At the global level, there is IOSCO, which plans to build upon its Principles for the Regulation of Exchange Traded Funds published in 2013 as well as the more recent investigation into the liquidity risks of mutual funds and ETFs. The umbrella organisation of regulators, which works closely with the Financial Stability Board, is currently looking at whether serious market distortions might occur as a result of the growth of ETFs as well as liquidity and valuation matters.
“IOSCO provides a forum for the different voices around the table and it will incorporate industry best practices,” says Axel Lomholt, head of ETFs, international at Vanguard. “It will feed down to the local jurisdictions but they will have their own nuances and tweaks according to their own regulatory regime. However, there will be the common threads of investor protection, transparency across the entire value chain and the need for education at all levels.”
Industry participants also expect that the Iosco review will leverage the work and feedback garnered from a recent Confederation of British Industry (CBI) discussion paper. For many, this 100-page tome is a must-read because of the in-depth and insightful nature of the analysis of trading arrangements, liquidity, transparency and the various players in the so-called ETF eco-system. The UK is well placed to comment because it has a 56% stake of the European ETF market.
“The CBI issued a very detailed discussion paper that not only poses questions at the European level but also at the global level,” says Lisa Kealy, partner and European ETF leader at EY. “The drivers behind the scrutiny are the increased media attention that the ETF flows have gathered and to ensure that problems such as mis-selling, which we have seen before with other products that have grown so fast, do not happen again. It’s not about hampering innovation, but ensuring there is an appropriate framework for products such as active ETFs.”
A list of recommendations was supposed to be published this summer but it has been pushed to the end of the year due to further consultations that the CBI is holding with ETF participants. One example is the part played by the authorised participants (APs) who are mainly responsible for the creation/redemption mechanism. The main concerns are around overall price manipulation and more specifically the impact on smaller investors if APs stop trading ETFs during periods of market stress.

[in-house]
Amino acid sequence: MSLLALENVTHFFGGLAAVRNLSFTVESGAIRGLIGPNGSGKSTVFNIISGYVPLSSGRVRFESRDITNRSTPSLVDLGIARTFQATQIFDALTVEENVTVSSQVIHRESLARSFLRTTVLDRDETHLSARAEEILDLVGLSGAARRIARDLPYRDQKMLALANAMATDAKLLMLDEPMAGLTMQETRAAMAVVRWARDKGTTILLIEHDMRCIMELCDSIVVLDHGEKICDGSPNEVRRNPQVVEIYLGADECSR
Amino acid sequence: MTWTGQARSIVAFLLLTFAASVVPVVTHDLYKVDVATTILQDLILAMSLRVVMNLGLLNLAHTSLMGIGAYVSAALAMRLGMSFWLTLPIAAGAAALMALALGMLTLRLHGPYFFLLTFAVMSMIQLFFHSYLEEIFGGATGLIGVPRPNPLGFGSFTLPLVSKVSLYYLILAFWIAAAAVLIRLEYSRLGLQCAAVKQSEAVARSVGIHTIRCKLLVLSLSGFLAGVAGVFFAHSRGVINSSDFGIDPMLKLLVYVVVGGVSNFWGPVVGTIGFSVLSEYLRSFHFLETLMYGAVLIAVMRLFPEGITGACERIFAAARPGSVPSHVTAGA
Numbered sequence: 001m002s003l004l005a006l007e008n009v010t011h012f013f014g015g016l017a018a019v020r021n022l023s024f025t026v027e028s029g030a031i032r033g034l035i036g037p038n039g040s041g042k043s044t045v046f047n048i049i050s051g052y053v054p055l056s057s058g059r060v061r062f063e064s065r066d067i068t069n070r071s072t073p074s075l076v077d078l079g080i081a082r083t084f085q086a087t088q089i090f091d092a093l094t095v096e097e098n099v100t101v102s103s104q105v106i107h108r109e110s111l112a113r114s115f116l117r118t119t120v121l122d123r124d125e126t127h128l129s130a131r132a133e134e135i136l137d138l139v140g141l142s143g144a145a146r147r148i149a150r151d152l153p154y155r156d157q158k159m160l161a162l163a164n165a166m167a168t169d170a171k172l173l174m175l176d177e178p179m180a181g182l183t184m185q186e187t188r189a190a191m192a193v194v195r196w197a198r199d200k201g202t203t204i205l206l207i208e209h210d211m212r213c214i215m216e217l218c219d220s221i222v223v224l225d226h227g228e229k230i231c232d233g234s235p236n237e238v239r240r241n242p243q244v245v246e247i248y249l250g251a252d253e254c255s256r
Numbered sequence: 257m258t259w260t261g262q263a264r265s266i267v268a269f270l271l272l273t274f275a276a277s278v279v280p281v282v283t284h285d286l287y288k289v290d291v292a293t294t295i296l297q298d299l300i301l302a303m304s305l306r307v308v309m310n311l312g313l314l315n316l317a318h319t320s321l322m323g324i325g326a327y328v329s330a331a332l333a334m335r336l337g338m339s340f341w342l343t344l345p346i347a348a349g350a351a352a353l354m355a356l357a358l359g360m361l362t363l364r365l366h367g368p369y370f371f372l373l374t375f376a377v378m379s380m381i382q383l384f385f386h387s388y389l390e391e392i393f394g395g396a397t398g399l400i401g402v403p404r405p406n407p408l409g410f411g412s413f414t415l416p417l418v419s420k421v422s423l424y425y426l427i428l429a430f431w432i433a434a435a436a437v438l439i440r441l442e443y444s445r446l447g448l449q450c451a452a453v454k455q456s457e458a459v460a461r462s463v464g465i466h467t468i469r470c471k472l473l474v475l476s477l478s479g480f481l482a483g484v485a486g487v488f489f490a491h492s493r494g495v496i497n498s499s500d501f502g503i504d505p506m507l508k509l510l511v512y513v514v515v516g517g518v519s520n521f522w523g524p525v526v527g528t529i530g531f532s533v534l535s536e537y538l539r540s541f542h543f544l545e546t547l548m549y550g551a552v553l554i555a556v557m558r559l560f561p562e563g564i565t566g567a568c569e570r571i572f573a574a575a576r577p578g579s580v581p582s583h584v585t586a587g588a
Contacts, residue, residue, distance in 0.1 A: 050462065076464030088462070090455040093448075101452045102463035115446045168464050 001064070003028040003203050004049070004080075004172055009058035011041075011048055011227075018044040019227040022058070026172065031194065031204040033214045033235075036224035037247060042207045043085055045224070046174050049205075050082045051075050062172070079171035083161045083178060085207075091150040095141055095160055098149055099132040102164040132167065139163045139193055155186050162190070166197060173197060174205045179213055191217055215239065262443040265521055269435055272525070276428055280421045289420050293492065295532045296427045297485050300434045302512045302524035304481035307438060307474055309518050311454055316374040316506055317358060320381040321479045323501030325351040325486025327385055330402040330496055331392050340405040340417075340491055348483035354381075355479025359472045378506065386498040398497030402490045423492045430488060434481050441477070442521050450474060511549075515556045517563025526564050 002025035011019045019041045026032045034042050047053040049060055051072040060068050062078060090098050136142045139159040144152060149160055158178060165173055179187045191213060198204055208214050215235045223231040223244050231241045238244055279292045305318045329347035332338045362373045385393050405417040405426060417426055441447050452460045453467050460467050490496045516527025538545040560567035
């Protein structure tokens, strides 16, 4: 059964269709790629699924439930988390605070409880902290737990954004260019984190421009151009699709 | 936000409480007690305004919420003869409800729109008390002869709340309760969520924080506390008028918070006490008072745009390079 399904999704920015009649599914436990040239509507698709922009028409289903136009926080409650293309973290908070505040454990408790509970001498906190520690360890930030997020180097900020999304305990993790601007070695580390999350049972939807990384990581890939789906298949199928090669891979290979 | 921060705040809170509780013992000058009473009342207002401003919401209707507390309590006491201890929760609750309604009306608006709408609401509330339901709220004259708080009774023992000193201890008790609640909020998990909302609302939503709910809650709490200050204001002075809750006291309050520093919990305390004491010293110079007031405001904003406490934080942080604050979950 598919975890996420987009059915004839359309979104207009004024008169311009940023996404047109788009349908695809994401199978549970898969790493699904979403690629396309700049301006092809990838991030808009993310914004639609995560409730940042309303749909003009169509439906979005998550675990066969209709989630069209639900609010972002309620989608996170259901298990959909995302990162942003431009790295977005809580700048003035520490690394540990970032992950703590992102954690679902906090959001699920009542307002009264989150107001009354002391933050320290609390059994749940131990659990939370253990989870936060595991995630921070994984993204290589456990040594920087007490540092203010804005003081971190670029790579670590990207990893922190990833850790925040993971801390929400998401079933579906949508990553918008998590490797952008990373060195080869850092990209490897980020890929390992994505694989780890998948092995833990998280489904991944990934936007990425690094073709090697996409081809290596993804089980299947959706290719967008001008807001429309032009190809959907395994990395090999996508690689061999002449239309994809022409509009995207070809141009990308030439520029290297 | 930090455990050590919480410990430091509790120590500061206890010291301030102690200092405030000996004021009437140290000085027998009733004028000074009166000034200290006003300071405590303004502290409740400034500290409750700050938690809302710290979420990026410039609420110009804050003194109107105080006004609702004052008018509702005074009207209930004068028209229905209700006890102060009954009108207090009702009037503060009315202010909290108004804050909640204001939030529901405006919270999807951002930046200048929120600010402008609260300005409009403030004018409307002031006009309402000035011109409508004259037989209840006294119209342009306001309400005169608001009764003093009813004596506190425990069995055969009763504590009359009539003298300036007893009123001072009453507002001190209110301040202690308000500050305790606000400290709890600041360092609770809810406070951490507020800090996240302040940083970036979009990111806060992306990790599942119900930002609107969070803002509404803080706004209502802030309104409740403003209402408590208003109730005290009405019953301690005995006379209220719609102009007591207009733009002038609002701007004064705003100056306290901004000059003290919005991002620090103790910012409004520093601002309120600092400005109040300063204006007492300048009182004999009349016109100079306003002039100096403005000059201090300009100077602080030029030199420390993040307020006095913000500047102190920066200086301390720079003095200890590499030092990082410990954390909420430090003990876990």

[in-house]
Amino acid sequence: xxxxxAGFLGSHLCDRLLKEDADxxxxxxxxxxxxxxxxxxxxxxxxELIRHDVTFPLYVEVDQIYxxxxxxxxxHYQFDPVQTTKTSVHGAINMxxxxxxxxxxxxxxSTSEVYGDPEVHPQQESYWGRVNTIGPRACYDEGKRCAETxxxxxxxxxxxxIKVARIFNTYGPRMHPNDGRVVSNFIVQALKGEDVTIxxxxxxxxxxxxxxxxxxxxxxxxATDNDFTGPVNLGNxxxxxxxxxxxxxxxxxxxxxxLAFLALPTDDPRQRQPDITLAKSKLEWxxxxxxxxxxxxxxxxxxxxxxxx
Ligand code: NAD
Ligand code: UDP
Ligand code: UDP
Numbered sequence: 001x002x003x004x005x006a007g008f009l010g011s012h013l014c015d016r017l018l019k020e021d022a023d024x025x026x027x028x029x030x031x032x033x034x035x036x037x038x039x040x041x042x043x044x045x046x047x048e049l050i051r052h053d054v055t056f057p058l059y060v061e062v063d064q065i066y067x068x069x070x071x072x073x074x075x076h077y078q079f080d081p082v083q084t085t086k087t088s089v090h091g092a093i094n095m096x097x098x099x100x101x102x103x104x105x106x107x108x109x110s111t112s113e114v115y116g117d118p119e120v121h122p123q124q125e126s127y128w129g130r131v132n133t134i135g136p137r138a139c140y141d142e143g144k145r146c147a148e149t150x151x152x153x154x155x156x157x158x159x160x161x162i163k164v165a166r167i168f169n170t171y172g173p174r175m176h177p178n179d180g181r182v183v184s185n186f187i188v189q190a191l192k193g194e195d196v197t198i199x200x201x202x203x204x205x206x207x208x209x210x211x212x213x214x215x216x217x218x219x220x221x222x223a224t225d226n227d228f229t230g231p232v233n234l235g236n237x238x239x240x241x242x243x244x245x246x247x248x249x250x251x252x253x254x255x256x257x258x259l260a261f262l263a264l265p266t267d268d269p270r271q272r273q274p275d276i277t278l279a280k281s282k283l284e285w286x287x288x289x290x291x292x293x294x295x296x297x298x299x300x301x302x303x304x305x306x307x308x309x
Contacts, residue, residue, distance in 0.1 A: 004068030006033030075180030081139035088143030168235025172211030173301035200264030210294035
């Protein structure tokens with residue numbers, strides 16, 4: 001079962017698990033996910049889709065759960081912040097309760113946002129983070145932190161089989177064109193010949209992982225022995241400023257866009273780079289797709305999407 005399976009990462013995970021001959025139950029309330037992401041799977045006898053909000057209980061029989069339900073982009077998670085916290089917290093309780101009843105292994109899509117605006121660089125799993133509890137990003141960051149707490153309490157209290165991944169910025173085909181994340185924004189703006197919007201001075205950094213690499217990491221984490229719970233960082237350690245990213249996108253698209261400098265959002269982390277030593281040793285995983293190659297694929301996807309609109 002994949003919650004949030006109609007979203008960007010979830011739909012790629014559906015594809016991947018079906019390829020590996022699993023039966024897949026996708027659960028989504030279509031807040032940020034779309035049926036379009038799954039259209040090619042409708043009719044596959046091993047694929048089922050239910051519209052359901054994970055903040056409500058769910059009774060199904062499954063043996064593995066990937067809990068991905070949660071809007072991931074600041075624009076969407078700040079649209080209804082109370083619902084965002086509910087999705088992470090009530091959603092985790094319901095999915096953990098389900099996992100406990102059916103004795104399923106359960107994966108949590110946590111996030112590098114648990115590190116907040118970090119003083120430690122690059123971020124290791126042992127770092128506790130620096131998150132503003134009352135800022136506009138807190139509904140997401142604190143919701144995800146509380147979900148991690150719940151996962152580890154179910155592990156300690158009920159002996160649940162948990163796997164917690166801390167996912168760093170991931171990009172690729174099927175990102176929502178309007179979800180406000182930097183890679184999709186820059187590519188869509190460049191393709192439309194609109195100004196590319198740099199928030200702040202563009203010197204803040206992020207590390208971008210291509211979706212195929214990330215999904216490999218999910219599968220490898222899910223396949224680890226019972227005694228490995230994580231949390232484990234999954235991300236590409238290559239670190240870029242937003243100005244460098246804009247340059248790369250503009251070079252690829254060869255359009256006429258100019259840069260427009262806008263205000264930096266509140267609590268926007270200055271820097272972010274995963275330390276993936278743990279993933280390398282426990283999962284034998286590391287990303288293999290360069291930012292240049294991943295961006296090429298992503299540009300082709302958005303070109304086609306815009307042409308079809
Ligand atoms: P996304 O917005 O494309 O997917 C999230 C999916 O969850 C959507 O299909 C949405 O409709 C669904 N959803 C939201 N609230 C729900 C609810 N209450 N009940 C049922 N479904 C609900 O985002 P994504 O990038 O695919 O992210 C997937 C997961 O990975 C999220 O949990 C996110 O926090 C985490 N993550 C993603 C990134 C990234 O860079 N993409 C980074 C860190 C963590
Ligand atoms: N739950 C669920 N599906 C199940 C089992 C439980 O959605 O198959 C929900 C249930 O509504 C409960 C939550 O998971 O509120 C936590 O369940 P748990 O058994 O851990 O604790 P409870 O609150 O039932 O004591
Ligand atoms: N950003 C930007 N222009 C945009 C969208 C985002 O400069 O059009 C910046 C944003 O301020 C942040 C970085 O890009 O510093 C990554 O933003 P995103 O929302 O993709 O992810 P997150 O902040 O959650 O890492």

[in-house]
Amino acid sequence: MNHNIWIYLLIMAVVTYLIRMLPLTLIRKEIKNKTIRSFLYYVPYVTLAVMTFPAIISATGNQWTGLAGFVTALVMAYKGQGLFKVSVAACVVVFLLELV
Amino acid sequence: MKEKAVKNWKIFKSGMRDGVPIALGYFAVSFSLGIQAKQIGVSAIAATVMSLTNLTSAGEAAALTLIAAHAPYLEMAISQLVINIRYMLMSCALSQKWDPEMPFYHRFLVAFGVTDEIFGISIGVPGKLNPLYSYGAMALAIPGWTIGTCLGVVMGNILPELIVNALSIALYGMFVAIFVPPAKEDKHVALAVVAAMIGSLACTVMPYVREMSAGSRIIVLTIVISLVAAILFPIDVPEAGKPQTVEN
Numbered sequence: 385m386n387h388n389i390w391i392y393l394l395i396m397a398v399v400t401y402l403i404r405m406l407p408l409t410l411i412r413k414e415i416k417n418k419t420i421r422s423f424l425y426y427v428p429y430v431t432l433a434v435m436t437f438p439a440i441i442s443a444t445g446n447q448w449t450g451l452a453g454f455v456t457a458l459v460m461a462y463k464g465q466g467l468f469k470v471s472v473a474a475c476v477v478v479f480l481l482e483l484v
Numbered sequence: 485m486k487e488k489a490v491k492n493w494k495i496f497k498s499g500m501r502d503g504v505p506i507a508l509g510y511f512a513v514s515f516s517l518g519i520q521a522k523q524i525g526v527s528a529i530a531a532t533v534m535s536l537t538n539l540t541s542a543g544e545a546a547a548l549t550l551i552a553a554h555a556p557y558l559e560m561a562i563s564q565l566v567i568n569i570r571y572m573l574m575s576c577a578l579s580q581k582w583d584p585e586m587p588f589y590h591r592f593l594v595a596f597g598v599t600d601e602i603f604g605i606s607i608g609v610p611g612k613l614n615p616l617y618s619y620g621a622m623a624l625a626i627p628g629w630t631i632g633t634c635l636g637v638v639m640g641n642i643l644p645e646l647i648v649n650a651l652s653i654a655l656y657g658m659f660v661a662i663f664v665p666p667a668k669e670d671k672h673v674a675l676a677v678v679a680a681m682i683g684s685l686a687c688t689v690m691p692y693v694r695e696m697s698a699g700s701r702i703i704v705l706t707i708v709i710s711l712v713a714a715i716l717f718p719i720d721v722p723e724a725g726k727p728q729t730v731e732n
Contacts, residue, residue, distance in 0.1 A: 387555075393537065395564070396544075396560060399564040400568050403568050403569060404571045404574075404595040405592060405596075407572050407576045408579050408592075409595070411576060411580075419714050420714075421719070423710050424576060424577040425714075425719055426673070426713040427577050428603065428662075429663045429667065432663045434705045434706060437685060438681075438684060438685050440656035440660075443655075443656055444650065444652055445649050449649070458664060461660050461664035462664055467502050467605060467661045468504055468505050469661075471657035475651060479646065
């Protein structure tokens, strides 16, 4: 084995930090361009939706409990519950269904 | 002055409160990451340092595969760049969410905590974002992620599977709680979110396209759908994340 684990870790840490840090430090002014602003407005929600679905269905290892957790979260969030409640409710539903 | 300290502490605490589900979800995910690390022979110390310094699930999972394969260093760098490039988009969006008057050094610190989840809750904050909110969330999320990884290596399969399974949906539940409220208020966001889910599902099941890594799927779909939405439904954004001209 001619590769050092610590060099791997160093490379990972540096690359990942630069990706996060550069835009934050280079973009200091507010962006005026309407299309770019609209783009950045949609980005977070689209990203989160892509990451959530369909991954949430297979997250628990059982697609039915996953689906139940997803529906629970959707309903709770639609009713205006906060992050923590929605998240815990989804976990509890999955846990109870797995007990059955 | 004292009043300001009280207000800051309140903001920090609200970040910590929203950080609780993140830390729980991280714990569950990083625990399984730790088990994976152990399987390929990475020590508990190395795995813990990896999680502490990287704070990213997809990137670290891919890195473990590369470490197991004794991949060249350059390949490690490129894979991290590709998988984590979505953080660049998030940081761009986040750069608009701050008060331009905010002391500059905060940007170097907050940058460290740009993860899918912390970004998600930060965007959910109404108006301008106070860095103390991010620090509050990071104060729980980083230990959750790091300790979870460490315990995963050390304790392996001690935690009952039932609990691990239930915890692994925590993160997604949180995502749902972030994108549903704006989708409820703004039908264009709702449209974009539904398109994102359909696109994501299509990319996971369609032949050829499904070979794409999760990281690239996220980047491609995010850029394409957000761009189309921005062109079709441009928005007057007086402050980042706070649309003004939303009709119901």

“The ‘interconnectedness’ of the ETF industry is another source of potential regulatory scrutiny,” according to Craswell. In some instances, APs are connected to the ETF issuer and they are also acting as market maker. “In such a structure, the overall risk profile of the ETF may be amplified and regulators want to determine whether ETFs using the same counterparty to conduct all or some functions, will heighten systemic risk in the overall market,” he adds.
Portfolio transparency is also in the spotlight. Currently, there are no uniform European regulations for the disclosure of active ETF portfolios and some exchanges, such as the London Stock Exchange, do not require portfolio holdings to be divulged. As Craswell notes, most ETFs publicly disclose their holdings daily, which is prohibitive to some active asset managers entering the ETF market. As part of its 2017 discussion paper, the CBI has requested industry feedback around portfolio transparency rules.
Van Nugteren adds there is a high level of information in Europe because most ETFs are sold under the UCITS wrapper which requires a Key Investor Information Document (KIID). “Also under MiFID II, there are post-trade reporting requirements and more emphasis on the view of liquidity, but the situation would greatly be improved if there was a consolidated tape for ETFs,” he adds.
As for the US, the regulators will heed the IOSCO dictates but the SEC is moving forward with reforms to create a more uniform ETF regulatory framework. The proposals, which are subject to industry feedback, will allow ETF issuers to launch plain vanilla versions without first seeking the often time-consuming and expensive exemptive relief under Investment Act 40.
The rule change would apply to open-ended ETFs, a type of mutual fund that does not have restrictions on the amount of shares it can issue, which covers the vast majority of ETFs. Currently, the industry’s 80-plus issuers all operate under different requirements in a complex system which many believe inadvertently has allowed some firms to gain a competitive advantage. The US regulator says it hopes the changes will boost competition and innovation by lowering the barriers to entry. TF